"Thank you for your honesty today, Lucas," said Dr. Morrison. "I feel that we've made amazing progress. Unfortunately, our fifty minutes is up in the typical recording of time when one is enjoying one's self."

Lucas cast him a glance that almost wiped the cheery smile from Dr. Morrison's face.

"Of course, that's purely subjective of me."


“Can I hope to see you again, next week?”

Lucas’ lips barely lifted. “Perhaps.”

“But not the next the week. That’s Christmas,” interrupted Andrea.

Dr. Morrison smiled, his own lips stretching unusually over his gums. “Of course. How astute of you to mention it.”

Andrea bristled inside, though she knew he only meant it teasingly. It was the type of humour that Lucas frequently used. In fact, his own shoulder shook with the mirth of his giggle.

“Stop it.” Andrea hit him gently with her purse as they stood simultaneously.

Lucas turned to the doctor. “Thank you, sir.”

Having said those words and no more, he strode out of the office. Andrea was about to follow when a hand on her arm made her flinch and shoot its owner another dirty look, from which the doctor withdrew.

"Andrea, keep pushing him. That's just what he needs," he remarked apologetically.

She nodded wordlessly and began to leave the room for the final time.

“For the record,” added Dr. Morrison, “I think you’re in the wrong field. You would have made a great therapist here.”

She gave a half-hearted smile, before declaring, somewhat brashly, to the man, “it’s not my type of clinic anyway.”


As they walked together away from the office, Lucas began to whistle the tune that sprung lively through his mind. He gratefully held Andrea’s warm hand with his own and swung them together, pendulum-like.

No, he would forget the rhythmic chances he had taken for so long. Now it was up to spontaneity to arouse him for his mental stupor.

What was better than music to do that? Lucas raised his lips and whistled. Even Andrea had a go at humming a counter-melody.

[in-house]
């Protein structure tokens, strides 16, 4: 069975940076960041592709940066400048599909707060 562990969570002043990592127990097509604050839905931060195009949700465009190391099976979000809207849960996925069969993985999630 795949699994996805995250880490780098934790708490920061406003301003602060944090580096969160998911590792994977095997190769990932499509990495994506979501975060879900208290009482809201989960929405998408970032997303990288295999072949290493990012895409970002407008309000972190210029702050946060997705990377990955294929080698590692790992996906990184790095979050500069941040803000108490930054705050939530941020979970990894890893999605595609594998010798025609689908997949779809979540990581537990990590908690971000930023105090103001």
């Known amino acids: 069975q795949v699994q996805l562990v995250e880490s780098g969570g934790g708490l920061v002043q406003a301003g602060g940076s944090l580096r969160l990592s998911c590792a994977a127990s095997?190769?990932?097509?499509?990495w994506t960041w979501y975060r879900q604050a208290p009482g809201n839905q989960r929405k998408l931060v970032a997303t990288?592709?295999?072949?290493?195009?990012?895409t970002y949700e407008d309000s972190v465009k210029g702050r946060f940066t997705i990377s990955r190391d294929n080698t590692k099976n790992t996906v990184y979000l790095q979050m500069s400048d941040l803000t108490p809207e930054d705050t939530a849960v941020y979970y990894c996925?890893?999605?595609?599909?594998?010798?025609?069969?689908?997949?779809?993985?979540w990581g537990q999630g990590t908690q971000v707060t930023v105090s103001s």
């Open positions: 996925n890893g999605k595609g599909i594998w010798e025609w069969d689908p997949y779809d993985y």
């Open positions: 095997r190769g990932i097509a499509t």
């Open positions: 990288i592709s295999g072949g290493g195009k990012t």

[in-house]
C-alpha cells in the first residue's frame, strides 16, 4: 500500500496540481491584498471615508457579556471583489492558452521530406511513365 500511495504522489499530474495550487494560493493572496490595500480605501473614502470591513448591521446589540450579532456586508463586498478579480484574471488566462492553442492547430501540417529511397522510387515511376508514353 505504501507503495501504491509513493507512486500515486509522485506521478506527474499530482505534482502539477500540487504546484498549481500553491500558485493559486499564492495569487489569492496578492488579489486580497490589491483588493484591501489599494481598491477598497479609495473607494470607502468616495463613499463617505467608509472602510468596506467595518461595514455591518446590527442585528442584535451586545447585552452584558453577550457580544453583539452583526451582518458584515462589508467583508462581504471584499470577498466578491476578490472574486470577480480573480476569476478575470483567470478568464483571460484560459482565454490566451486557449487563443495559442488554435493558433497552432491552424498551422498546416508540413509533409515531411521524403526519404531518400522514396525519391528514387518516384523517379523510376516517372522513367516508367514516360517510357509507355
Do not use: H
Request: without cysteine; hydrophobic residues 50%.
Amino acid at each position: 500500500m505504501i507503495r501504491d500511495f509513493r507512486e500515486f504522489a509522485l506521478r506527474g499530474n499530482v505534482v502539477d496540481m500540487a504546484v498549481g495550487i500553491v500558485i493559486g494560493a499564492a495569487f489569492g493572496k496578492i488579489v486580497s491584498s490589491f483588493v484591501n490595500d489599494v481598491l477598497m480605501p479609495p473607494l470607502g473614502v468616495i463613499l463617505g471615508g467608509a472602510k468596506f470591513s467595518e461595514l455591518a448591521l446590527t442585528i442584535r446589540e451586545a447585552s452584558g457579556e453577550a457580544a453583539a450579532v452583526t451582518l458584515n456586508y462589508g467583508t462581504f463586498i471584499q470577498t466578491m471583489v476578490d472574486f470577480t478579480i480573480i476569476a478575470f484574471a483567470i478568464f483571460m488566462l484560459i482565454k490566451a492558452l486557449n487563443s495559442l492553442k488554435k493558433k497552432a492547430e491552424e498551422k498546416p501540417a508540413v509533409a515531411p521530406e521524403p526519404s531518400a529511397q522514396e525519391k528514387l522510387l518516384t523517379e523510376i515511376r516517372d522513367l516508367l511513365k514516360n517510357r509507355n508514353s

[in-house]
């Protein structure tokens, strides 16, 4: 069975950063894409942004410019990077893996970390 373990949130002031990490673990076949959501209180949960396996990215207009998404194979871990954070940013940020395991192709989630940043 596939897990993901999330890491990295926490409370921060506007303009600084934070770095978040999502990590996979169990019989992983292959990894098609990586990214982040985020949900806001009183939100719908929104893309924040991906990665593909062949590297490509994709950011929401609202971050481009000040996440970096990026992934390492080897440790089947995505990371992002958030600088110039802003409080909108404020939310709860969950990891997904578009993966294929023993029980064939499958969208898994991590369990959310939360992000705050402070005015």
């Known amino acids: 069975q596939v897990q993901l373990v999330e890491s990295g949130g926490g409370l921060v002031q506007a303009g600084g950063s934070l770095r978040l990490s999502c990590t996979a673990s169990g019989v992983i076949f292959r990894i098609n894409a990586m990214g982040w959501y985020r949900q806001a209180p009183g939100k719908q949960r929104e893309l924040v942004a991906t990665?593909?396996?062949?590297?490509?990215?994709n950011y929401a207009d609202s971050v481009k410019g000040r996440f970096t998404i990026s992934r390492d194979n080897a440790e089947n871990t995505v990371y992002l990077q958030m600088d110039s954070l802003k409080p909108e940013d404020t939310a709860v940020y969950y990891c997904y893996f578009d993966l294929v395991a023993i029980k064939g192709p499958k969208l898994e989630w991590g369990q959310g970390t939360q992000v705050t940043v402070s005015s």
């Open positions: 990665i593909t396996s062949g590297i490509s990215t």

They actually said nothing until they had exited the building into blue sky and the midday sun’s shimmering zenith; Lucas felt that there was nothing that could be said, lest he enrage her temper by not having mentioned any of his trauma before. But that was the whole meaning of trauma: it was something that squatted in one’s mind, just waiting for the right moment to grasp the soul with its filthy talons and drag one down into an oblivion of surging emotions.

Lucas altered the tune he was whistling by a key. He was hardly poetic enough to be making such complex metaphors up, but the joy of God had hit him in full force when he no longer let his demon hunt wordlessly. And there it was again: arbitrary descriptions. The only excuse he could create was that he had not ever been able to explain what had haunted him for so long.

“Thank goodness that’s over,” Lucas jested. Luckily, Andrea’s face lit up, too.

“It wasn’t too bad, was it?”

Lucas tilted his head back and laughed out loud. Heartily.

“It was more useful than I had envisioned, I’ll give you that one, Andrea,” he managed to say between chuckles. She made him so happy most times.

“My argument is always valid,” she said, tossing her head.

“Your argument is always scientific.”

His arm bobbed as she nodded her head. “Despite what you might think, Psychology is a science.”

“Oh, I think that a lot. After all, I’m the man of humanities.” Her refrained from adding the unnecessary point that all his A-Levels had been ‘science’ in their set, even if not the full sciences themselves. Psychology was novel in its own respect, and, now his eyes had been opened a little more to therapy, Lucas didn’t deny her that idea.

They had reached his car and Andrea’s smile was set. She hadn’t stopped the skip in her walk since they had left the office, as if she had proven something beyond her insistence for Lucas’ health. He didn’t dare ask.

Now, however, he knew that it was safe to let her care for him. It was a woman’s prerogative.

By the way," she asked at the car-door, as if something had suddenly come to her from the thin air "are we doing anything specific for Christmas?"

Lucas couldn’t help but laugh out loud all over again.

The End